Documento - Lesotho: Excessive use of force / fear for safety: Workers from the Lesotho Highlands Water Project worksite in Butha-Buthe, including the workers' committee and others attempting to assist the workers
EXTERNALAI Index: AFR 33/02/96
UA 228/96 Excessive use of force / Fear for safety27 September 1996
LESOTHOWorkers from the Lesotho Highlands Water Project worksite in Butha-Buthe, including the workers committee:
and others attempting to assist the workers
Amnesty International is deeply concerned for the safety of workers employed at the Lesotho Highlands Water Project (LHWP) in Butha-Buthe in the aftermath of a police operation in which at least four, and possibly as many as 15 workers, were shot dead. Hundreds of workers remain in fear of arbitrary arrest and violence at the hands of the police.
On 14 September 1996 heavily armed police stormed a workers' camp at Butha-Buthe, in the context of a prolonged labour dispute between workers and management at LHWP (see backround). The workers were in the workers' compound when the police surrounded the compound and cut through the perimeter fence. Amnesty International has been informed that the police teargassed the men and immediately began shooting, using live ammunition. Police later stated that workers had placed detonators around the fence and that two AK47s were found inside the compound. There is no independent confirmation of this. Although post-mortems have apparently not yet been performed on those who died, there are reports that the injuries among the dead and wounded indicate they were shot while fleeing from the police gunfire.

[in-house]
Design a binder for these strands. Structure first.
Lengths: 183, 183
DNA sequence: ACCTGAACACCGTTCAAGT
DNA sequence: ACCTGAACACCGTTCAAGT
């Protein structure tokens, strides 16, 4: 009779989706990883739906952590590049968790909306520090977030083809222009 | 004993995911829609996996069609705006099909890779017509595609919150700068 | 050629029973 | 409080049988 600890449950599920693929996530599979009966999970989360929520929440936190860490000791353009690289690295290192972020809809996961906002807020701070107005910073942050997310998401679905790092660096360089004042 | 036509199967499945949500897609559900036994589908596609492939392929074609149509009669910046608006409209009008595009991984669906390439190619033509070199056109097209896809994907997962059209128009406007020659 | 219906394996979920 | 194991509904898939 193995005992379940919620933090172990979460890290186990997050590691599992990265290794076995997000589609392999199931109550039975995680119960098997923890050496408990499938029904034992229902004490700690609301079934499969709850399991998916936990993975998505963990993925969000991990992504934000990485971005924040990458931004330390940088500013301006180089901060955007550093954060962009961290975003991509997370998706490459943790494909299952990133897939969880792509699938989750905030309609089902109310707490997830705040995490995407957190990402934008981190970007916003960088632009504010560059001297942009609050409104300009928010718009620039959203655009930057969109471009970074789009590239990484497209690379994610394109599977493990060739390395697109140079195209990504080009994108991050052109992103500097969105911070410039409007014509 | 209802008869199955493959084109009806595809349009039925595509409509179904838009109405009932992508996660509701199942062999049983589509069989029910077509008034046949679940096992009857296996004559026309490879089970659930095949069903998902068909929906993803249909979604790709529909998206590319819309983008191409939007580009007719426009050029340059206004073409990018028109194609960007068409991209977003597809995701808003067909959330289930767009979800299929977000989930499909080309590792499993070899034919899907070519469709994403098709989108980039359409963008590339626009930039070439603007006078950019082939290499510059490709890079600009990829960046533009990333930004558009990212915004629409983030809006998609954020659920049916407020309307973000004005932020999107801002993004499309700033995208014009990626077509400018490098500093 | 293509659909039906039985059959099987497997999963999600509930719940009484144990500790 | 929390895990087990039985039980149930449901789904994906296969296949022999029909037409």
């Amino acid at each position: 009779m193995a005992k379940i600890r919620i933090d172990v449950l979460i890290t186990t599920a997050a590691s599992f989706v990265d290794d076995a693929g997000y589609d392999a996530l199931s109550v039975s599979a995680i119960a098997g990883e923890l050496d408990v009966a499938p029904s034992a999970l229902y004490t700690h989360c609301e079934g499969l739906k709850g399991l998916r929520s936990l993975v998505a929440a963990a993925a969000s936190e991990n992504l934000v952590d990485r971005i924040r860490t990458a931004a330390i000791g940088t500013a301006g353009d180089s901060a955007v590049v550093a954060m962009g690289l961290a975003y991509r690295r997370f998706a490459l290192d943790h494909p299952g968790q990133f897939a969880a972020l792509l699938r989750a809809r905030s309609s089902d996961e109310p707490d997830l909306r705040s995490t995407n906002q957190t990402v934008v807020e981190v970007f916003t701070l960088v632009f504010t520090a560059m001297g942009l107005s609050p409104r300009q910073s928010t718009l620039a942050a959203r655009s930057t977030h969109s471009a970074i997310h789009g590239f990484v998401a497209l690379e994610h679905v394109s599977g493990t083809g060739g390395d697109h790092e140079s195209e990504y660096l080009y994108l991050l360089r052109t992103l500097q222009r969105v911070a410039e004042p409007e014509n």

As many as 600 workers fled to nearby St Paul's Roman Catholic mission for safety, and hundreds remain there. The police arrested a number of workers at the Project site. According to legal sources, those arrested included a driver who tried to use the company ambulance to assist the injured and who was shot at by the police. The detainees were reportedly "heavily beaten up" in custody before being released uncharged.